I think it's the strokes butting up against the centre line, or protruding over it, that might be interfering with the reflection effect. Illustrator calculates the appearance transform effect from the edge of the artwork upto and including the edge of the stroke (i.e. not the path itself).
Here is one way to avoid the problem, although it takes a little bit of setting up. This method doesn't use an appearance transform effect, but symbols and a regular reflect transform.
- Drop a guide in the exact centre of the artboard, calculate it if necessary. Unlocking the guides will allow you to type the location of the guide when it is selected (i.e. the X co-ordinate in the Path options along the top). Don't forget to then lock the guides. Alt+Ctrl+; toggles locking and unlocking of the guides
- Draw an object (doesn't matter what it is, a rectangle will do) on one side of the artboard. This can be deleted later
- Draw a rectangle with no stroke or fill, over that half of the artboard making sure it fits the entire half of the artboard perfectly. Enabling Smart Guides will help you do it accurately
- Select both the object and the invisible rectangle, and do Object > Clipping mask > Make Ctrl+7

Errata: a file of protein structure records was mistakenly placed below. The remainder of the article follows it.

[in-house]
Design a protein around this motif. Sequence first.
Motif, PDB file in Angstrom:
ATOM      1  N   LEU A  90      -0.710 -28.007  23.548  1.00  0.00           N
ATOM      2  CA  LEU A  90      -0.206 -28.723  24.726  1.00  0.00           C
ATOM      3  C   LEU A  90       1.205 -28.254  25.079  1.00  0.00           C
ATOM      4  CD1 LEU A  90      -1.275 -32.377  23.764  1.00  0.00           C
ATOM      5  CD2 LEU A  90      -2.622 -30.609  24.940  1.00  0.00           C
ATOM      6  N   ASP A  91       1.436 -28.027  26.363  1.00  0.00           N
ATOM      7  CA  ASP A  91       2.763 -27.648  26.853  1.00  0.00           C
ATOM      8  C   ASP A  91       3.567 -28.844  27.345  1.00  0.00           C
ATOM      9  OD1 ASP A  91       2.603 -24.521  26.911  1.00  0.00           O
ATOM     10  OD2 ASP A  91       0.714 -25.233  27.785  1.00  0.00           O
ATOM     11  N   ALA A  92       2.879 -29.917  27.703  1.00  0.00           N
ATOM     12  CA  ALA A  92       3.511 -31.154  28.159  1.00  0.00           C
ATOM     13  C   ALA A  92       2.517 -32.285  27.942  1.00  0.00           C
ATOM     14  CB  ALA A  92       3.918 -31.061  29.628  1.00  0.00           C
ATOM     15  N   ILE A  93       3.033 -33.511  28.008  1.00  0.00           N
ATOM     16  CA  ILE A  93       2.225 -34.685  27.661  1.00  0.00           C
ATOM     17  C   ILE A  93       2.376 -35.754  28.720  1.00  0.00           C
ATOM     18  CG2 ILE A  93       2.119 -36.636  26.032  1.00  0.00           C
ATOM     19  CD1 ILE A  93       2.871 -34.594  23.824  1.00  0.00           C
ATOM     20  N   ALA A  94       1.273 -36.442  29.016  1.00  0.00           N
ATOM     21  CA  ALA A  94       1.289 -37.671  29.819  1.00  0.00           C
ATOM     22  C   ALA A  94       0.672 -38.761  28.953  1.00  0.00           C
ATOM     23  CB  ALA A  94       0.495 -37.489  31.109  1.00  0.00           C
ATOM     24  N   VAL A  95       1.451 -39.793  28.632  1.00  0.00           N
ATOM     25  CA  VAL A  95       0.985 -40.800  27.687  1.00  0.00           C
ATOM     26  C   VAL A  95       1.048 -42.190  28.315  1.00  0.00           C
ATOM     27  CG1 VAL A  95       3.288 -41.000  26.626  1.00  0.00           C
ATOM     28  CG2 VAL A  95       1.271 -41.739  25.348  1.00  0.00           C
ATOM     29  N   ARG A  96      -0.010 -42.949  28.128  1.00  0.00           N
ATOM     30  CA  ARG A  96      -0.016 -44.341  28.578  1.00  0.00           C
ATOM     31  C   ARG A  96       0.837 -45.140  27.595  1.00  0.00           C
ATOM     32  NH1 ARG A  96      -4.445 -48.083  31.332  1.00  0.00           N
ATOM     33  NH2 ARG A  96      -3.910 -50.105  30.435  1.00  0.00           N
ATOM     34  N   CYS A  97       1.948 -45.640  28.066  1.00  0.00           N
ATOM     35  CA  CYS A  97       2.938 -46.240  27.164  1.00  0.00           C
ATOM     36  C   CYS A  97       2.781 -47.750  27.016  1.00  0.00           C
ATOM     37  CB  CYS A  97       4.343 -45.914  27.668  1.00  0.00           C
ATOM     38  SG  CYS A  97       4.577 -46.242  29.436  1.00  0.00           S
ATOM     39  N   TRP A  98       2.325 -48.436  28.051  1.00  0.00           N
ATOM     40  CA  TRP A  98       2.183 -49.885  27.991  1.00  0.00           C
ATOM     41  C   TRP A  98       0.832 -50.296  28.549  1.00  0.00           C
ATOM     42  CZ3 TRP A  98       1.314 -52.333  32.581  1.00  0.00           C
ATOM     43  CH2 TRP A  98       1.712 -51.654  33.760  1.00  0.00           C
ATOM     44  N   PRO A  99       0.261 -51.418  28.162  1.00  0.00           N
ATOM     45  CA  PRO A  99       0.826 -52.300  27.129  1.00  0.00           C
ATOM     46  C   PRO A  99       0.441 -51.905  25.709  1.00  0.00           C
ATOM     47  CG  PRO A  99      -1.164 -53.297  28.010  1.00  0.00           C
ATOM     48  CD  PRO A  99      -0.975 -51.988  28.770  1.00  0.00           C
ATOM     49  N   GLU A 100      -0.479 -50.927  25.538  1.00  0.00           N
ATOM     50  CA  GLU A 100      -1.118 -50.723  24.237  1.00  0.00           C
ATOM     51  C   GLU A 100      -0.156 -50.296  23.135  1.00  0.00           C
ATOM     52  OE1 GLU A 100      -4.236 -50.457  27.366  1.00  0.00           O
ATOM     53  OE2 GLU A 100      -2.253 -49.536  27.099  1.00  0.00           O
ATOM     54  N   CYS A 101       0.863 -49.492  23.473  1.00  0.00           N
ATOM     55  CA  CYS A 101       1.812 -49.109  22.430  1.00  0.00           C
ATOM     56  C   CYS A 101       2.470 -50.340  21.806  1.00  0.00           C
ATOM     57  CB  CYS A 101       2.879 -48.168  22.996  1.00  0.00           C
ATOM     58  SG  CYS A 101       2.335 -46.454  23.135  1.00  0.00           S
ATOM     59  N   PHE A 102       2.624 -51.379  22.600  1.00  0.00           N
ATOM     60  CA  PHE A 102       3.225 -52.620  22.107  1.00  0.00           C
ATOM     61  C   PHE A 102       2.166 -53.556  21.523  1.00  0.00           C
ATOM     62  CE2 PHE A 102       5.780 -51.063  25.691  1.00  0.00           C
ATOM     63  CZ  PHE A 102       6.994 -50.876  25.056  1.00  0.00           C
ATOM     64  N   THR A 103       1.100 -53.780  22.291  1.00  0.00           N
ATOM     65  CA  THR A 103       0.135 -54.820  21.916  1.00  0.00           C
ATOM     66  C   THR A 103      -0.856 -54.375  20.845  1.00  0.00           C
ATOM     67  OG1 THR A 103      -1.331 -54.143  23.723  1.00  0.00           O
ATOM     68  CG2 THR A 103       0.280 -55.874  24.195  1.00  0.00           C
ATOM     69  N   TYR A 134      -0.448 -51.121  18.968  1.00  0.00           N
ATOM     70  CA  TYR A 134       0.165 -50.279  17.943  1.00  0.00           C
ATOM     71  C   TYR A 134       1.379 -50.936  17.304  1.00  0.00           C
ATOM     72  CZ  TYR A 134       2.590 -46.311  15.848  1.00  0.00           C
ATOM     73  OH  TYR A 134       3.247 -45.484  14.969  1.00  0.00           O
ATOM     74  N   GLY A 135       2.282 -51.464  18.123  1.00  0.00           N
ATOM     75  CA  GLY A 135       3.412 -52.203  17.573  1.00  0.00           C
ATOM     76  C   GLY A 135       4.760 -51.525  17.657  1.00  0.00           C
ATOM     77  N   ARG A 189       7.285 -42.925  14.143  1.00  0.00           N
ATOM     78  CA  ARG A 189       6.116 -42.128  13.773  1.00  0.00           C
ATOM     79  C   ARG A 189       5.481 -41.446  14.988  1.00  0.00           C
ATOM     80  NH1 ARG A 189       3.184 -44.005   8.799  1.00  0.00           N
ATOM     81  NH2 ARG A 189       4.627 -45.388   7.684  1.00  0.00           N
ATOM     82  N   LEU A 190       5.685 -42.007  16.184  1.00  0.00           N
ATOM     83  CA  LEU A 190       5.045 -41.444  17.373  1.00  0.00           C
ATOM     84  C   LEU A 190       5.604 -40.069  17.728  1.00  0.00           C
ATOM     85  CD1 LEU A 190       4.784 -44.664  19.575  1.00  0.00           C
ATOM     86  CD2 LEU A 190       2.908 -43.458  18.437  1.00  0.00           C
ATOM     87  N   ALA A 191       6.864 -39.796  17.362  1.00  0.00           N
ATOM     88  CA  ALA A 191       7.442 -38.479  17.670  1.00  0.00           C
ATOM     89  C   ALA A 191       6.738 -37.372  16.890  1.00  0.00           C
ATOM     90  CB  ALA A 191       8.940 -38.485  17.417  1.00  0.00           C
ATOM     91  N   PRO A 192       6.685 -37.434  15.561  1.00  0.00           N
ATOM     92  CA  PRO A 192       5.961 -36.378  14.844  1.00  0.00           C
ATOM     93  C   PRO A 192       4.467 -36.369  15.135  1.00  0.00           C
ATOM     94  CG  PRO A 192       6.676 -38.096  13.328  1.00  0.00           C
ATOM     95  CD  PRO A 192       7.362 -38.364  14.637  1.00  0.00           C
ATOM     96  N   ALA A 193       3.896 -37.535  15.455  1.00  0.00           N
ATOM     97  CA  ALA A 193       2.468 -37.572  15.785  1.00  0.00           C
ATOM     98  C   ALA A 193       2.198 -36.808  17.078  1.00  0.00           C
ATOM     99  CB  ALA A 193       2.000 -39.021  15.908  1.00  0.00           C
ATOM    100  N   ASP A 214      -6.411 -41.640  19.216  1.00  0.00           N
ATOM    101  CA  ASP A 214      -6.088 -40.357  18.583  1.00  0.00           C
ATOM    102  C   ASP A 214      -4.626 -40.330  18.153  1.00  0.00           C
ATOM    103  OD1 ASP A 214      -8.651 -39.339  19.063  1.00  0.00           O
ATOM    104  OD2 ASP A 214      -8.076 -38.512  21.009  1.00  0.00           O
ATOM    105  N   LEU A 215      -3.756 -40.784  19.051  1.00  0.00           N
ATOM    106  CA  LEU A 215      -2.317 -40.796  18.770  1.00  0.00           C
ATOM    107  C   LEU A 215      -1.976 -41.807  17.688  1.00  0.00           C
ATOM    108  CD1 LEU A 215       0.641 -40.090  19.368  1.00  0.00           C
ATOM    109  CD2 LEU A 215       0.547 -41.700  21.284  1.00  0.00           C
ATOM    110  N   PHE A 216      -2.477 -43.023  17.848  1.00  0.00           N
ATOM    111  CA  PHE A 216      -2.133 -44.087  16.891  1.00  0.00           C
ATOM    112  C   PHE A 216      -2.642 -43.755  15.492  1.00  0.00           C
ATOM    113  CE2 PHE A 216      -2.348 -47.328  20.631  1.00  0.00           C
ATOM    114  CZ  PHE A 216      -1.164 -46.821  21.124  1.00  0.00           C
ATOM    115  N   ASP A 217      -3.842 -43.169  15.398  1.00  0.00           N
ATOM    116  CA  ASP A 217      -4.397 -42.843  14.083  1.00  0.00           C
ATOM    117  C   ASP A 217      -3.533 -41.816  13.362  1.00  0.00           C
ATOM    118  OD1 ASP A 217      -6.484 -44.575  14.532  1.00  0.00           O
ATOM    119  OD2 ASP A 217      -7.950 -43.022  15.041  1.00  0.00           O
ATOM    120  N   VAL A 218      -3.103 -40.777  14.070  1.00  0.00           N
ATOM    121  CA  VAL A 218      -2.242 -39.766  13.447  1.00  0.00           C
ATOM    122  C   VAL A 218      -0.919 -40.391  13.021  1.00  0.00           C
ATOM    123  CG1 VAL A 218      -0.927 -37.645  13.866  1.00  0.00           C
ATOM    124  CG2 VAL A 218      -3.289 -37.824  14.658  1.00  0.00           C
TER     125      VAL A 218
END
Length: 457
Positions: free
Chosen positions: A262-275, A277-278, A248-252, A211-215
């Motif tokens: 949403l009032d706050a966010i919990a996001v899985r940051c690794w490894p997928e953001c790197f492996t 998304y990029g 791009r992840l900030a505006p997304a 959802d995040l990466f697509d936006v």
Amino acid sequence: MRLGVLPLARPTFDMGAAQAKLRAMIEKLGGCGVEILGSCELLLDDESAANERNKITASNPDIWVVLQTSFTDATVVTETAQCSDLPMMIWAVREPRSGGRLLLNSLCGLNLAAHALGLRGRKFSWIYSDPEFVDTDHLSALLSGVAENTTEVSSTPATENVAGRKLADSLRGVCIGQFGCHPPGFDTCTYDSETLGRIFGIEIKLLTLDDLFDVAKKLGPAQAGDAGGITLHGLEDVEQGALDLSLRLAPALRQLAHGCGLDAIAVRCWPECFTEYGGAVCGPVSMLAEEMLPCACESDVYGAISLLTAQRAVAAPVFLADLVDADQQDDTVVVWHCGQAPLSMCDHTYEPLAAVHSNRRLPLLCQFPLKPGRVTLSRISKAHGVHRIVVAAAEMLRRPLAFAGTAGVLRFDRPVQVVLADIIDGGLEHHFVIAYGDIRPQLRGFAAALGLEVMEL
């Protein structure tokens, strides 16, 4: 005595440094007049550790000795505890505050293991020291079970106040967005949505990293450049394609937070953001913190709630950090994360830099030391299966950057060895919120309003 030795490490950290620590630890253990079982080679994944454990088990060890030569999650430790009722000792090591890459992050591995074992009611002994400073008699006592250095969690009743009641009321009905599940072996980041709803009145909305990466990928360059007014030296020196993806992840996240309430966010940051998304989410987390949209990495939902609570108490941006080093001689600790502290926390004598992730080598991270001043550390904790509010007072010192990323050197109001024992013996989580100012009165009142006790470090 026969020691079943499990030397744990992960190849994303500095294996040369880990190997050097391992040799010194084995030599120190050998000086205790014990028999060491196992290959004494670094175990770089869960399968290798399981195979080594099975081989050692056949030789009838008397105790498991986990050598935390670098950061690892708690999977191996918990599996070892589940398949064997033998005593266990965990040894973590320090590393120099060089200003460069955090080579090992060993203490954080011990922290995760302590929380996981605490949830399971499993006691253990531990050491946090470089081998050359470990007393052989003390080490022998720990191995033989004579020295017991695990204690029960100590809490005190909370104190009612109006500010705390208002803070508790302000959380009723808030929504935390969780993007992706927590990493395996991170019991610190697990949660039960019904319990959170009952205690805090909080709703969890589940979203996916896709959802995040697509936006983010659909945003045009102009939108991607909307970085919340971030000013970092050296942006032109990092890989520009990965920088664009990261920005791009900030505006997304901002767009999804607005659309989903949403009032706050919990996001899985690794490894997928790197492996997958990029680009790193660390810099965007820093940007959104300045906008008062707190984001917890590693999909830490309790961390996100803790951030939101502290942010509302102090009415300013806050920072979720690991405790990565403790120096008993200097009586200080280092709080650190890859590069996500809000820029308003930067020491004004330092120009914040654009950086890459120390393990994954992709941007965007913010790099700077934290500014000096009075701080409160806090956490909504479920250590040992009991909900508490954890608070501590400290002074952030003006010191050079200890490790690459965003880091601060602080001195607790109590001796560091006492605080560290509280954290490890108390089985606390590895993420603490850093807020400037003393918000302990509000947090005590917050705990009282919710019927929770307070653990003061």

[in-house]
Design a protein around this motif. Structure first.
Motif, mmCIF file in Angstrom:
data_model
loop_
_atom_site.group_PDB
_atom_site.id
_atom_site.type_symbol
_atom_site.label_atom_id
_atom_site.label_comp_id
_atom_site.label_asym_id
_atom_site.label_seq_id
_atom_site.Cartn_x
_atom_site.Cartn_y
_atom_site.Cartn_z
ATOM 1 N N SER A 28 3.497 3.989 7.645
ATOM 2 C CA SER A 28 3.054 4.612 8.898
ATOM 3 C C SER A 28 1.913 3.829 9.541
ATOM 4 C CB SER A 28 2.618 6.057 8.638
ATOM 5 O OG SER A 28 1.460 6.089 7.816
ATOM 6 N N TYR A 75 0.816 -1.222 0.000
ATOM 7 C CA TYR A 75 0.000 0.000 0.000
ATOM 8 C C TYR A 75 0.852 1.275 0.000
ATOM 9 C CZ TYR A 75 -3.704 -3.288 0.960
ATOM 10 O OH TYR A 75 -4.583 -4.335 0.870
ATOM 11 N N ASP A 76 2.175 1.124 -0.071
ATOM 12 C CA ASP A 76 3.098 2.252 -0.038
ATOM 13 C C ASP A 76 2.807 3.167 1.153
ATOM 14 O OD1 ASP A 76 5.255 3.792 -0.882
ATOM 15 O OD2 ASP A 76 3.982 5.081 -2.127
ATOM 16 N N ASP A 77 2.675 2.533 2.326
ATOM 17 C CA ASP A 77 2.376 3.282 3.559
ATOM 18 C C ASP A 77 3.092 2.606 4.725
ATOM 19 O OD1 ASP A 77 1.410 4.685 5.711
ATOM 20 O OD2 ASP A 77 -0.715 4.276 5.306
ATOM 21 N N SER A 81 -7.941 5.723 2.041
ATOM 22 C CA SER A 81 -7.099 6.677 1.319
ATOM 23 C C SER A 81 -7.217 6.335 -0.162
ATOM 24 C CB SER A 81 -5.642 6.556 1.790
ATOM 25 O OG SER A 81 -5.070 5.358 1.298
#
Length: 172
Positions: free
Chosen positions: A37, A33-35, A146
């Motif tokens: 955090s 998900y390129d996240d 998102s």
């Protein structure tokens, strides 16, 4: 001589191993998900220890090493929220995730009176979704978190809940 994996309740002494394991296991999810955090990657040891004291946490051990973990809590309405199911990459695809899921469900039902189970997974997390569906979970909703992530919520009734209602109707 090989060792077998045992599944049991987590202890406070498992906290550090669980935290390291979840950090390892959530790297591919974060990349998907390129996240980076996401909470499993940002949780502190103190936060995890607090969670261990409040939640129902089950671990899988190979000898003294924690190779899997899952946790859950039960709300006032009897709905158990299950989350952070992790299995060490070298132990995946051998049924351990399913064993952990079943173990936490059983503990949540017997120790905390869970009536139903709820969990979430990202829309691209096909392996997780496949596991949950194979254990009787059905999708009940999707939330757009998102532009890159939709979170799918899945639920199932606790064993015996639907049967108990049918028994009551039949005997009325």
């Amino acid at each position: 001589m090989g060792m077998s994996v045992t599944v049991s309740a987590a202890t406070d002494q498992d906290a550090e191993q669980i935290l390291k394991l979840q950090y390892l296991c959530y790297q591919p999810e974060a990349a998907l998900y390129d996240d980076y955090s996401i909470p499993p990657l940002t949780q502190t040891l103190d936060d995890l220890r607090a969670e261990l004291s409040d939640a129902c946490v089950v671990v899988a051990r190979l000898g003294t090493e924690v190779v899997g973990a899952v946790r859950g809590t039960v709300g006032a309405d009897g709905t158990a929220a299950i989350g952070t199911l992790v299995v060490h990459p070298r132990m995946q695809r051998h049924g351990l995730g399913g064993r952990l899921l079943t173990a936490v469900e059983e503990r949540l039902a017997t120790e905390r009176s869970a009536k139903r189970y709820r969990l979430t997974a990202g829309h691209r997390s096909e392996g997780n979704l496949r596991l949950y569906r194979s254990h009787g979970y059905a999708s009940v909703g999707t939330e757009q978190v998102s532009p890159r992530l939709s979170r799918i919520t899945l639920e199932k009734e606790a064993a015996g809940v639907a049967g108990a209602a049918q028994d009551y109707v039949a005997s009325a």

- Select All Ctrl+A
- Click and drag everything and drop it into the Symbols palette to turn it into a symbol
- Click and drag the symbol you just created back onto the artboard, and reflect it using Object > Transform > Reflect
- Position the symbol against the centre guide on the other half of the artboard. Now you will have two instances of the one symbol
- Double click one of the symbols to edit it. Note that a warning will show up saying that you are about to edit the symbol definition. That's fine, just click OK
- Double click the rectangle object you made in step 2, to enter the clipping group in isolation mode
- Edit/create your artwork
- When you have finished, double click outside the symbol to exit isolation mode, and the reflected symbol will then update
That's it really. When you draw or create artwork in step 11, the clipping mask will prevent anything overlapping onto the other side, even if your strokes or objects butt up against or go over the centre line.
Here's a quick example of it in action, showing steps 9 to 12.